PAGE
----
Israeli defence electronics specialist Elbit Systems reported higher quarterly profit on Tuesday and said it expects its night-vision business and other acquired operations to prosper as global defence spending continues to rise.
The company’s U.S. business last year won a U.S. Army contract for enhanced night-vision systems that use thermal imaging and augmented reality, with the deal worth up to $442 million.
Elbit Systems of America in 2019 bought the night-vision business of L3Harris Technologies for $350 million and has also won German and Dutch military deals.
“It has been a big success,” Elbit Chief Executive Bezhalel Machlis told Reuters after reporting increased first-quarter profit and revenue. “We expect hundreds of millions of dollars in additional contracts in this area.”
Machlis said that defence spending is growing but Elbit is still suffering from the COVID-19 pandemic because there are no air shows to showcase its equipment, increasing its reliance on dialogue through its global subsidiaries.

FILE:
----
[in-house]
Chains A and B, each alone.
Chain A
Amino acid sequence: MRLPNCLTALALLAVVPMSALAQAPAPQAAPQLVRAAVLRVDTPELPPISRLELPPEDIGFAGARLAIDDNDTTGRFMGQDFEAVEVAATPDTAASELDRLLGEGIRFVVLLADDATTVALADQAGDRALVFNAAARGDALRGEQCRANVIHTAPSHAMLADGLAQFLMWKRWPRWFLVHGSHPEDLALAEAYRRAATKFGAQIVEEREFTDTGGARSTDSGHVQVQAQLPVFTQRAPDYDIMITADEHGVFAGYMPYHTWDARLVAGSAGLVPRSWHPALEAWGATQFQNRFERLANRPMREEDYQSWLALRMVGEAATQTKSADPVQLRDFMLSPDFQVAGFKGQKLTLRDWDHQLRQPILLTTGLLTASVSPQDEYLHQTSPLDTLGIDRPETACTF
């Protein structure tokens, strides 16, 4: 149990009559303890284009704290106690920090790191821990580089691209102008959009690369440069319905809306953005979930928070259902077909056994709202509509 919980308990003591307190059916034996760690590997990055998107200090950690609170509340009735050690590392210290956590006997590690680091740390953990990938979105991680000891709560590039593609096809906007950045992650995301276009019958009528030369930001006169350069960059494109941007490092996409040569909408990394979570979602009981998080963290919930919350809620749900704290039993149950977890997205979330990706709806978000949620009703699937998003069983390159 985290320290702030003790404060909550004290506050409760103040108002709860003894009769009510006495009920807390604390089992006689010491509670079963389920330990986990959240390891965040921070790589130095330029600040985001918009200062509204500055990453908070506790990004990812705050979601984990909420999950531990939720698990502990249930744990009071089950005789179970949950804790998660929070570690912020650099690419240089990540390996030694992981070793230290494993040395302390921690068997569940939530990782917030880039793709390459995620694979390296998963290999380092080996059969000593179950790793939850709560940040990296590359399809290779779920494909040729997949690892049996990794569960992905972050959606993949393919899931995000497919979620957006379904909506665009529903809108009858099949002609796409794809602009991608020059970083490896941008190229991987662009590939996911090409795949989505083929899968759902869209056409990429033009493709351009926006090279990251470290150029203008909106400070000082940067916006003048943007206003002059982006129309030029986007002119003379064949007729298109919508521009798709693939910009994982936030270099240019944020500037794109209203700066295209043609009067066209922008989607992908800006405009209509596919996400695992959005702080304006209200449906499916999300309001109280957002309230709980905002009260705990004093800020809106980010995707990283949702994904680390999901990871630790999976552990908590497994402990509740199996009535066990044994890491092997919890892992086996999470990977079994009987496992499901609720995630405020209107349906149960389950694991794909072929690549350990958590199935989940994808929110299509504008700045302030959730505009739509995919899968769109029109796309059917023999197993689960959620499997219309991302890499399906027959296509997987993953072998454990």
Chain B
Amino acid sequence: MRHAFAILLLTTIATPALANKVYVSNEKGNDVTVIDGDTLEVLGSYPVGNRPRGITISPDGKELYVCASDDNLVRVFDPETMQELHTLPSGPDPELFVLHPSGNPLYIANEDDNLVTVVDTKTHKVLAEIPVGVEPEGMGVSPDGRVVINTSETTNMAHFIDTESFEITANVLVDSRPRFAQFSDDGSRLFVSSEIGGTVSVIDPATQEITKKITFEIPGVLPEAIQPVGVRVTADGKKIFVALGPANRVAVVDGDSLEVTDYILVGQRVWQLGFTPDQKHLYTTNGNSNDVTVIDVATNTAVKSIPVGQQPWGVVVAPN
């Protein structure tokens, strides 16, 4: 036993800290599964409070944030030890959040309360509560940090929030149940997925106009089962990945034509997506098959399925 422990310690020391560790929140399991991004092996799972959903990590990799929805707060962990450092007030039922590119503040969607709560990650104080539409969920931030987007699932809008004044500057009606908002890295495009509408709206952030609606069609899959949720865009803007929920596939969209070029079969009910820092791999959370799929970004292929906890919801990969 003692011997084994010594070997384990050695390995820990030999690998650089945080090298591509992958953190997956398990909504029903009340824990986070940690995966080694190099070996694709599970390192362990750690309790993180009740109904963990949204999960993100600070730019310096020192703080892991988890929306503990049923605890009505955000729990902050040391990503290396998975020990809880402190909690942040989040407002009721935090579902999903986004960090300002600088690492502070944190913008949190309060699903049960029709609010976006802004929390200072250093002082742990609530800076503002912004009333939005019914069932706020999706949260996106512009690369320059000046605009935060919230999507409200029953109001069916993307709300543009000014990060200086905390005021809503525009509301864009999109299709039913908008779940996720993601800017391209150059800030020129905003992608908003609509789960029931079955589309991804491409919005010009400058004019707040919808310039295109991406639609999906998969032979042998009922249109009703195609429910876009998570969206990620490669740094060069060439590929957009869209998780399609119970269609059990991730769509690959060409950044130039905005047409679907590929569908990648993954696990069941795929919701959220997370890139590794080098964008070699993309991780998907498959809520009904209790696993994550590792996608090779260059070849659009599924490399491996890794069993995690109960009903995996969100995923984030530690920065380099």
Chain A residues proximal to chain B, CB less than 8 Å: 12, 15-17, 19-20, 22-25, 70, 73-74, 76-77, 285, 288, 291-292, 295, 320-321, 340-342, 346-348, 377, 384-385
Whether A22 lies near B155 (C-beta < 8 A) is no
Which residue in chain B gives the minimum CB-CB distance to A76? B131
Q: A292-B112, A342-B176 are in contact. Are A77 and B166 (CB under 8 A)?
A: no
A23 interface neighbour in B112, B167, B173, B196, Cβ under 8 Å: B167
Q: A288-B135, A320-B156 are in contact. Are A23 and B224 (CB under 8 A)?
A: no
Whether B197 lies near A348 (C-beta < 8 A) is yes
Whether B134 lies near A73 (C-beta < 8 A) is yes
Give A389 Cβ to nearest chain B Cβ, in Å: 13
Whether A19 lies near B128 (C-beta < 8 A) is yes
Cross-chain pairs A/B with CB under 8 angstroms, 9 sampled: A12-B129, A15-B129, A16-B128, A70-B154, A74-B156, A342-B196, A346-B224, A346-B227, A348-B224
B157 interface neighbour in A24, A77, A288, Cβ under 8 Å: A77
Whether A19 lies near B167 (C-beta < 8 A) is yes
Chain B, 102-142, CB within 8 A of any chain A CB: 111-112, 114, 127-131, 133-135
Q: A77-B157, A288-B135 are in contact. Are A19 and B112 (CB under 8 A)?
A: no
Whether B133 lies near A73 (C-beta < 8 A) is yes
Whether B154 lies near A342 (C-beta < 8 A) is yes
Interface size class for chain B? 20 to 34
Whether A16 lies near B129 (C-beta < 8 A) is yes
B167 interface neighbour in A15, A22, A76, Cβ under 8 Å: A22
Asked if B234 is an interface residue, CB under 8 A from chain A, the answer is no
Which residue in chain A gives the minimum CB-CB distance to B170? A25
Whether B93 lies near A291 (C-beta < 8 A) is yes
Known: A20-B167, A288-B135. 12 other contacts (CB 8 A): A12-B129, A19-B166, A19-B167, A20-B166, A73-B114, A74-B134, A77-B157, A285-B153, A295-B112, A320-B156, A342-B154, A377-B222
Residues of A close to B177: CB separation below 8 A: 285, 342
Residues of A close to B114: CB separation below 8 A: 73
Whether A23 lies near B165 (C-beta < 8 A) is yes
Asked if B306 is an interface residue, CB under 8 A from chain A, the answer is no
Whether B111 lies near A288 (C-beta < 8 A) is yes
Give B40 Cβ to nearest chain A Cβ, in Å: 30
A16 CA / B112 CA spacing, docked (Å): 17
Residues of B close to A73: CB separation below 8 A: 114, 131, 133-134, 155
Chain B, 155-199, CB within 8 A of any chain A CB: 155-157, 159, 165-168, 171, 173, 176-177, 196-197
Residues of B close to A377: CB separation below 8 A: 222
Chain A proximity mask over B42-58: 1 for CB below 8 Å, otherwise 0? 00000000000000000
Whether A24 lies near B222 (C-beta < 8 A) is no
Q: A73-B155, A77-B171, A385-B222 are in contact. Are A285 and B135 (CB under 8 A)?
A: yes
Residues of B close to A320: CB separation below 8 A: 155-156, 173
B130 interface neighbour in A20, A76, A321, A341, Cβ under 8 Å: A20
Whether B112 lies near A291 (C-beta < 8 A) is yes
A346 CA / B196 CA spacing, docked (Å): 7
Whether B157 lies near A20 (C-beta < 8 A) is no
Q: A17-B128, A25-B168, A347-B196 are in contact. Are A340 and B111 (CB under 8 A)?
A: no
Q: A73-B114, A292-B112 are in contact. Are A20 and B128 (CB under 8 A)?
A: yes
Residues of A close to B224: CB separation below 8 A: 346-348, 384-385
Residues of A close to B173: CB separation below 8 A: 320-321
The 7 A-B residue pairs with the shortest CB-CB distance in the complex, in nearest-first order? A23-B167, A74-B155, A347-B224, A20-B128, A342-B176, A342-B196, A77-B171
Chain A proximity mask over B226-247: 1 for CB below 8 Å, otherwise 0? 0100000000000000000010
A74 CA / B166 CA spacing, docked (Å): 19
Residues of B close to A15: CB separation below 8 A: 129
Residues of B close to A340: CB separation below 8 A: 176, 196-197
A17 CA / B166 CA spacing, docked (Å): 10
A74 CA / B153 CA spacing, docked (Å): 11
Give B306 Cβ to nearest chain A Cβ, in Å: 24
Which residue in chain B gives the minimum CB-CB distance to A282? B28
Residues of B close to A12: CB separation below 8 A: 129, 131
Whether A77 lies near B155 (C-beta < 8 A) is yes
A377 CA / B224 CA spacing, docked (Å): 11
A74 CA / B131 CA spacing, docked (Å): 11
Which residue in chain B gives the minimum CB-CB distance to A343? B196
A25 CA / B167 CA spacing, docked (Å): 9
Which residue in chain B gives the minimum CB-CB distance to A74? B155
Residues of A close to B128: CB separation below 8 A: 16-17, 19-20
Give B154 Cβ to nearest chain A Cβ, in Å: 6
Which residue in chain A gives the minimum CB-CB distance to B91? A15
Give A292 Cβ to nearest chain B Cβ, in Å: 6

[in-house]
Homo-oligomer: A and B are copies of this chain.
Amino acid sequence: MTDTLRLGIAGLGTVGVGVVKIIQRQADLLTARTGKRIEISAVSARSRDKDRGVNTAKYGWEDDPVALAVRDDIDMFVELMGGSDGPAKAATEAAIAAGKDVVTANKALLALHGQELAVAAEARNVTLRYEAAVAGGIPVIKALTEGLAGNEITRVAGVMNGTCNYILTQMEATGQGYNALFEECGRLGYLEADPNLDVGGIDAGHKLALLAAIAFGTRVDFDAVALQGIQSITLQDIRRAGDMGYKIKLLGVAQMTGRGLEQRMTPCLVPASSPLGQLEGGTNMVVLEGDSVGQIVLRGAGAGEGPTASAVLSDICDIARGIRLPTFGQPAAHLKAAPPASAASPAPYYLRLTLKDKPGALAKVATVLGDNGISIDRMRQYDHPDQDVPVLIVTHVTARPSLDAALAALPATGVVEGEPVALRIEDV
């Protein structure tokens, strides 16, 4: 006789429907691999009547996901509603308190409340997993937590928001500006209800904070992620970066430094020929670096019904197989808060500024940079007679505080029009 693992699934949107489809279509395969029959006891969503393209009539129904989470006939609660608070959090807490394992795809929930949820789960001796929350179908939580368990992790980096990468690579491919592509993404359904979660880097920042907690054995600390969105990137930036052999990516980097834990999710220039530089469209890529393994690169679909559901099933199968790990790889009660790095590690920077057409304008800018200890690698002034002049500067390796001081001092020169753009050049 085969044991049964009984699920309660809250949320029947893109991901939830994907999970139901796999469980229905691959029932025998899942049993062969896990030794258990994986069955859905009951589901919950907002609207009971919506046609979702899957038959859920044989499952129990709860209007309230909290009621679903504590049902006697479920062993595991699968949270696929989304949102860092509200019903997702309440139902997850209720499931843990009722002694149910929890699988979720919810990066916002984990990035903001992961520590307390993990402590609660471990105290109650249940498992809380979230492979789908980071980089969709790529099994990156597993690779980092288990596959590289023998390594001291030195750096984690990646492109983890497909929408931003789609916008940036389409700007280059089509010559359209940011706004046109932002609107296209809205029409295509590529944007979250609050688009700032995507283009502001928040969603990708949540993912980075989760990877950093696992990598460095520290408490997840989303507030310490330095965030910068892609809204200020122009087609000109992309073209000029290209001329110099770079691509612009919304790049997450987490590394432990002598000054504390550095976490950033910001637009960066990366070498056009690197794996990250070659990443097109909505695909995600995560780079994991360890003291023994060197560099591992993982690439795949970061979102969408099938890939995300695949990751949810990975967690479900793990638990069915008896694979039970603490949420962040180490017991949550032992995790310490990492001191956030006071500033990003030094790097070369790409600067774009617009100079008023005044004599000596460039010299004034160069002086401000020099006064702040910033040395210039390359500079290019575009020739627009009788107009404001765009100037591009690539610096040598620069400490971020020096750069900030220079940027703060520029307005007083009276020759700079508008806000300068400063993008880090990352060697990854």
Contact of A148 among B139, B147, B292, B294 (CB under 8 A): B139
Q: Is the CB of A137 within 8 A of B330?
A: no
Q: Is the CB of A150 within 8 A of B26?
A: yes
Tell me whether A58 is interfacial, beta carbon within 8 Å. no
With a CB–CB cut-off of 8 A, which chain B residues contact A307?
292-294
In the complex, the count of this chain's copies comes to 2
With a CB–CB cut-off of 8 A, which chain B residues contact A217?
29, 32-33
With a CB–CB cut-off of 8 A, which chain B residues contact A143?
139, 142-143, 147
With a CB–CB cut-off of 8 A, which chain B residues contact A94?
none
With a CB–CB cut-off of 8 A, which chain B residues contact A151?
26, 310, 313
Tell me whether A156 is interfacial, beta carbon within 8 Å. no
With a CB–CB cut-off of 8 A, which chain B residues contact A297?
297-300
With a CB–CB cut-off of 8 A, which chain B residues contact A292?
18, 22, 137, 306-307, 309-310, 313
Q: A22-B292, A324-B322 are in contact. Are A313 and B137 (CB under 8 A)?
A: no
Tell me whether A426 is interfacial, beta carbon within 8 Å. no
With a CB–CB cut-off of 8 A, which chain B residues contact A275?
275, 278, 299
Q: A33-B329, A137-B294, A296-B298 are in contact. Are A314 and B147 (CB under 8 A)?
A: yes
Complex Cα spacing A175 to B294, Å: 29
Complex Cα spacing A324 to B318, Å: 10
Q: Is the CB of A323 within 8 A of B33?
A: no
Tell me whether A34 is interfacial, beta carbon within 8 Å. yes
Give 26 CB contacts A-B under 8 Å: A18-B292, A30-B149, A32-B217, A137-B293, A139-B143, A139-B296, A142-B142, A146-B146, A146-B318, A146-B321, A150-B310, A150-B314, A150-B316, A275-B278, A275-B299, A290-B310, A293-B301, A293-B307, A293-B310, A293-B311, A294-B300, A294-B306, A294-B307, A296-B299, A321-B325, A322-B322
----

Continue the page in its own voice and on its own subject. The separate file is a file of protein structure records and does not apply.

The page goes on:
He said that Elbit, which has operations in Israel, Europe, North America, South America and the Asia-Pacific region, is benefiting from “many countries utilising defence spending in order to create jobs and to support their economies”.
Elbit in April bought Florida-based Sparton Corp for $380 million to gain a foothold in the naval sector. Finance chief Joseph Gaspar said Sparton should provide $60 million in quarterly revenue and contribute to profits in 2022.
Since December, Elbit has won contracts worth more than $1 billion to supply defence equipment and a $1.65 billion contract for the establishment and operation of a training centre for the Hellenic Air Force.
The maker of drones, pilot helmet displays and cyber security systems said it earned $1.72 per diluted share in the first quarter, up from $1.63 a year earlier. Revenue rose to $1.12 billion from $1.07 billion.
Its order backlog rose to a record $11.8 billion at the end of the quarter, against $10.8 billion a year earlier.
“The funnel of opportunities has never been so large, and we see many opportunities ahead of us,” Machlis said. “The big growth in the backlog will translate into profits in the coming years. So, the company is growing organically and we still look for new acquisitions.”
Elbit declared a dividend of 44 cents per share for the first quarter, unchanged from the previous quarter.